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Developing operational controls through an ACM practice


In my last entry I talked about the need to have a sound Asset and Configuration Management (ACM) practice as the foundation for an effective Cyber Security strategy. So what does this start to look like? As simple as it may sound, designing, setting up and managing an ACM practice is actually a complex endeavor.

Why? ACM faces multiple ongoing and evolving challenges. Here are a few

-          Proliferation of IT devices and form factors- both fixed and mobile

-          Product vendors running varied licensing models for software product

-          Multiple asset "owners"- almost every operational entity has an interest in the device - e.g.- Audit, Access Control, Information Security, Network Operations, Change Management & Facilities

-          Focus on one-time 'catchup efforts' at inventory vs an ongoing accounting and reconciliation based systems approach.

-          Multi-sourced operational vendors begin their own ACM silos for contractual and service level needs which makes it hard to see a single picture across the organization

-          Emphasis on asset depreciation and cost amortization resulting in a 'we don't care, as long as finance has it depreciated on the books' view

Will going to the cloud make all these challenges go away? - Or even better will cloud make the need for an ACM practice go away? Hardly! Just ask IT Security or even better the External Auditor. As ACM evolves within major Fortune 500 organizations, so will the need for the cloud vendors to support the customer's ACM efforts through sound management, accurate reporting and alerting.

 So what does an organization need? The below is an attempt to list down the key components that will comprise an effective ACM practice

-          Discovery capabilities for internal environments

-          Service Provider discovery feeds for outsourced environments

-          Any other manual feeds- e.g. data from a facilities walkthrough

-          Direct asset input/output system feeds from procurement and asset disposal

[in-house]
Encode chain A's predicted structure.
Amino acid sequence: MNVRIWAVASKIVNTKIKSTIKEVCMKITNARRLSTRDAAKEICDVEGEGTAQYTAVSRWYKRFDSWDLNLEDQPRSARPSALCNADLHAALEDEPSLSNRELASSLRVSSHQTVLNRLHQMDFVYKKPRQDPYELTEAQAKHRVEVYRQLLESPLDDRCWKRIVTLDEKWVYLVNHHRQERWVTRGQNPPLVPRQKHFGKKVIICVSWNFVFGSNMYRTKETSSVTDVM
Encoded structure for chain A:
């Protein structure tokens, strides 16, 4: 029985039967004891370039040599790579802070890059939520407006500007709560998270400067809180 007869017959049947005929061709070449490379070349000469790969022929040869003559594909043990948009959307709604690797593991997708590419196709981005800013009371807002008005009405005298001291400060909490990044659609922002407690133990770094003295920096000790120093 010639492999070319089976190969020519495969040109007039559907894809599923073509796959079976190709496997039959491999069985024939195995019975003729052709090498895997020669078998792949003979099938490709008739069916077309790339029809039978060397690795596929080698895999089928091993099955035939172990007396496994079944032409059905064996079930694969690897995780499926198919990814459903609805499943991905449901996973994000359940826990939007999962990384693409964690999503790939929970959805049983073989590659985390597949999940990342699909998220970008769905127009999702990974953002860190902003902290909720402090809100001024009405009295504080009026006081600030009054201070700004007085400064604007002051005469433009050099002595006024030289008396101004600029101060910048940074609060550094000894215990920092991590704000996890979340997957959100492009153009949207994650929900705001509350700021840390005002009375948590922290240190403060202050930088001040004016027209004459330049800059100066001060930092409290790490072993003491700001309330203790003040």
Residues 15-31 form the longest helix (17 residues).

-          Automated Standardization Engine

-          System for device normalization and accurate identification

-          Reconciliation rules for comparisons between overlapping feeds, comparison between auto discovery and feeds

-          A dedicated Asset Management database (AMDB)- this is asset information for a distinct set of stakeholders ( procurement, IT planning and finance, DC Facilities, Asset receiving and Asset disposal)

-          A dedicated Configuration Management database (CMDB) tracking asset and attribute relationships and for requirements of specific stakeholders (Change management, Release management, Information Security, Software license management, incident and problem management, capacity management, application support, enterprise architecture)

-          Automated business service modeling tool

-          Asset analytics platform for standard and advanced reporting

-          Integration with change management module

-          Release management module integration

-          Business as usual processes and governance mechanisms

Bringing these components together requires dedicated investment, time and resources but when done, dramatically improve the overall level of control that the organization has over its IT investments. Let's explore how that is achieved in my next note..

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